YouTube is very popular, but it seems to be filled with much dubious content.
There are many good videos, including many how tos that help us do things ourselves that we would otherwise have to pay others to do. There are also many, like Tom Nicholas, Innuendo Studios, Shaun, Unlearning Economics, BadEmpanada, Zoe Bell and Salari, who produce quality video essays where they take a lot of effort on obviously low budgets to inform and educate us on topics that we would otherwise have to spend an inordinate time ourselves. They help expand our awareness without trying to suck us into some selfish emotional honey trap.
A sign of desperation is a presenter spruiking for subscriptions before showing any content.
Ever gone to a website and before getting any chance to read anything, a popup box requests registration. Unless having previously visited the site and been very happy with what it offered, there is absolutely no reason to provide personal details before getting a chance to actually determine whether the site is trustworthy and useful enough to bother registering with. This is exactly the sort of lack of consideration that turns people away from a site.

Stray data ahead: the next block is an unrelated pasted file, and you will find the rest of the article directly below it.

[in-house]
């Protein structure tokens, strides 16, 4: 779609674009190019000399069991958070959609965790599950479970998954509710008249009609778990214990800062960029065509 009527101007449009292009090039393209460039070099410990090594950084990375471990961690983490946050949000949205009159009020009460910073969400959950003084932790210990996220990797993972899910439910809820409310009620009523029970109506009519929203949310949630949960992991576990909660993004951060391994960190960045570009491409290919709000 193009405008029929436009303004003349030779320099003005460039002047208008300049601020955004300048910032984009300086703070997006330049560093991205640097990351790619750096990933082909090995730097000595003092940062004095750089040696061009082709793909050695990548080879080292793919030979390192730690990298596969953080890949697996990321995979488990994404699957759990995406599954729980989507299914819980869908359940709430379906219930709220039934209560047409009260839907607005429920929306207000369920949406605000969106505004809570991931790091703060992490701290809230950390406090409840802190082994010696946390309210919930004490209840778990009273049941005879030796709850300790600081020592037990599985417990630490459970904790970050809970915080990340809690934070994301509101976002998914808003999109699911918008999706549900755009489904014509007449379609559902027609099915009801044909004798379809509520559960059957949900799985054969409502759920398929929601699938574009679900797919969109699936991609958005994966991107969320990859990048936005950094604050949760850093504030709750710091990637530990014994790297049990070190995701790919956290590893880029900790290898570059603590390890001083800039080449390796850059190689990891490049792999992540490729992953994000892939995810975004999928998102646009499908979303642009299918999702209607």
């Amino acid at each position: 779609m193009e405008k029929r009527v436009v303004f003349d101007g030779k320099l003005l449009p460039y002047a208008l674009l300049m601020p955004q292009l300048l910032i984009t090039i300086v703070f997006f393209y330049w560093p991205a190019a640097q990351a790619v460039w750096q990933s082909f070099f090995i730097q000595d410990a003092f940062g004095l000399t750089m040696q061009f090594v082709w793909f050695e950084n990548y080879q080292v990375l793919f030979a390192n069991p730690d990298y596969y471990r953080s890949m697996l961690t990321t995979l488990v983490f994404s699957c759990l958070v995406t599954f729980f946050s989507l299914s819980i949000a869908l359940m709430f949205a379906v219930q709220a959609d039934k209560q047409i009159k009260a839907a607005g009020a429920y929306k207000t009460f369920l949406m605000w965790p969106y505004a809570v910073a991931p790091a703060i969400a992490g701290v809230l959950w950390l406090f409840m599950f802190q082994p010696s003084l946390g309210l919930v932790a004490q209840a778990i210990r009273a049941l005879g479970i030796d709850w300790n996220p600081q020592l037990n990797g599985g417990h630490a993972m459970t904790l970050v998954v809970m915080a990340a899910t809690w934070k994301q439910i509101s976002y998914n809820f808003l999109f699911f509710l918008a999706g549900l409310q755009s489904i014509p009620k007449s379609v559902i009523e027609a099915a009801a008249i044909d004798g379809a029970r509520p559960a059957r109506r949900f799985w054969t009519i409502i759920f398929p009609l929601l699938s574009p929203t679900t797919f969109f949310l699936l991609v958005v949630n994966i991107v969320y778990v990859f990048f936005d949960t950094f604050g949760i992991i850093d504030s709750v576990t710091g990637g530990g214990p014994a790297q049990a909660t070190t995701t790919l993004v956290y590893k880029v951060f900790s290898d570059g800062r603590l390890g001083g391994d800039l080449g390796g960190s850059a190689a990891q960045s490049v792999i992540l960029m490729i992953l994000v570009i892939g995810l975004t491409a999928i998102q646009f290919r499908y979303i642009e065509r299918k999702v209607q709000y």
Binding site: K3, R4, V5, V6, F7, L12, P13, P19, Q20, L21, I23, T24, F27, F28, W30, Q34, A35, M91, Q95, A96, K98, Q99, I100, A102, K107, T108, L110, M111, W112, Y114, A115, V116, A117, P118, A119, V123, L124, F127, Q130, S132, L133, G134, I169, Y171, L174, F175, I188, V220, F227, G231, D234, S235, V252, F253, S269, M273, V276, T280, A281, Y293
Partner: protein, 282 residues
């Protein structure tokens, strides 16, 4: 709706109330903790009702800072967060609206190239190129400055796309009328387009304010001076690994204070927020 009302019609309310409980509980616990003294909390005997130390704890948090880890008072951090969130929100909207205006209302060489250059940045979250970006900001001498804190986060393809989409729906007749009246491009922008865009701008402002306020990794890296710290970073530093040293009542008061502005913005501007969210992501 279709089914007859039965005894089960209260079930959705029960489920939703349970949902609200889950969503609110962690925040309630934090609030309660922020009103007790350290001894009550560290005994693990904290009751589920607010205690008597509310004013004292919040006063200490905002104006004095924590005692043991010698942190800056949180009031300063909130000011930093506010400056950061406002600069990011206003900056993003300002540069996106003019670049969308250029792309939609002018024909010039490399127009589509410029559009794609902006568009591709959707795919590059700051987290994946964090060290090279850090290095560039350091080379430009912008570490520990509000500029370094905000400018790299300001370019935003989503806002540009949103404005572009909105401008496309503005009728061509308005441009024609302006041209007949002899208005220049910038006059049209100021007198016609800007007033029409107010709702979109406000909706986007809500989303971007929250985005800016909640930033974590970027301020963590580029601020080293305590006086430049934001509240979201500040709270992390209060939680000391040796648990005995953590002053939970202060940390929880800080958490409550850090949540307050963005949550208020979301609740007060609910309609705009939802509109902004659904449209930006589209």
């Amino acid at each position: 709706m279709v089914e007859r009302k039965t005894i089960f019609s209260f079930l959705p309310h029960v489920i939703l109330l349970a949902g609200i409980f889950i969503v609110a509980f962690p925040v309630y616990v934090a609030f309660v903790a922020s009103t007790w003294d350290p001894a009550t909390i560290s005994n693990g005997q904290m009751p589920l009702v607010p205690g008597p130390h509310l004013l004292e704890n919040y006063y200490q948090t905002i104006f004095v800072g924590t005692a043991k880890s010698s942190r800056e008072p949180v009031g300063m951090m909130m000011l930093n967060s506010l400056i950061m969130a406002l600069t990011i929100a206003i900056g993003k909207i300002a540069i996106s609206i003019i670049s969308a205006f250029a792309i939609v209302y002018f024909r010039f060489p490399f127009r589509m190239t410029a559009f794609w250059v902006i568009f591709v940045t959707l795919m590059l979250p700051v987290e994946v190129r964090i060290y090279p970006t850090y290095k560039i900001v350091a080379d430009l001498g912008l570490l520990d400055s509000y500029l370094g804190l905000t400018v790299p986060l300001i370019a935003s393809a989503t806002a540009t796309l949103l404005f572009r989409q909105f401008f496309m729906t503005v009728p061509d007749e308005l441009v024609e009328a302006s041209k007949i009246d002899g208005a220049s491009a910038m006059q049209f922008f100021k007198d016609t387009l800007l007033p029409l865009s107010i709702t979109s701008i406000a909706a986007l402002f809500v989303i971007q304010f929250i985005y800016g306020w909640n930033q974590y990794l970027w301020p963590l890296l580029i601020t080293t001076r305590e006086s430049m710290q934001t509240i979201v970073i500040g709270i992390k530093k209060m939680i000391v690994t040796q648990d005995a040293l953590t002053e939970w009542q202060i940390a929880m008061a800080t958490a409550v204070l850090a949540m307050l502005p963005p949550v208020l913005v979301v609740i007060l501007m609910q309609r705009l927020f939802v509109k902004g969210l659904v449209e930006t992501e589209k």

The YouTube equivalent is the prompting for subscribing and receiving notifications before ever having a chance to see if the content is actually worth doing that for. Pretty well any YouTube user knows how to subscribe and get notifications because they have already done it at some stage, so it is not like they don't know what to do. This is just superfluous and gratuitous self-promotion with absolutely no benefit to watchers. Hopefully more people will just immediately stop watching so that these channel owners learn that worth must be proven in order to get viewers to trust them enough to want to subscribe.
Related useless activities are waffling on about one's personal reasons or feelings or launching an ad before revealing any of the content. The opportunity window for getting people to stay engaged is about 10 seconds. Don't waste it on irrelevancies or ads that are just a distraction for the viewer and more likely to turn them off. Just because other channels do it doesn't mean that it works.
A particularly lazy form of video producer is those doing their reactions to somebody else's work.
The format for these videos is pretty simple: they play someone's video to completion, occasionally pausing to add a couple of their thoughts before returning to passively sit there in silence and watch it like we are. The basic premise upon which this format is based is that they have never seen nor heard the video before, and so their reactions are supposedly genuine.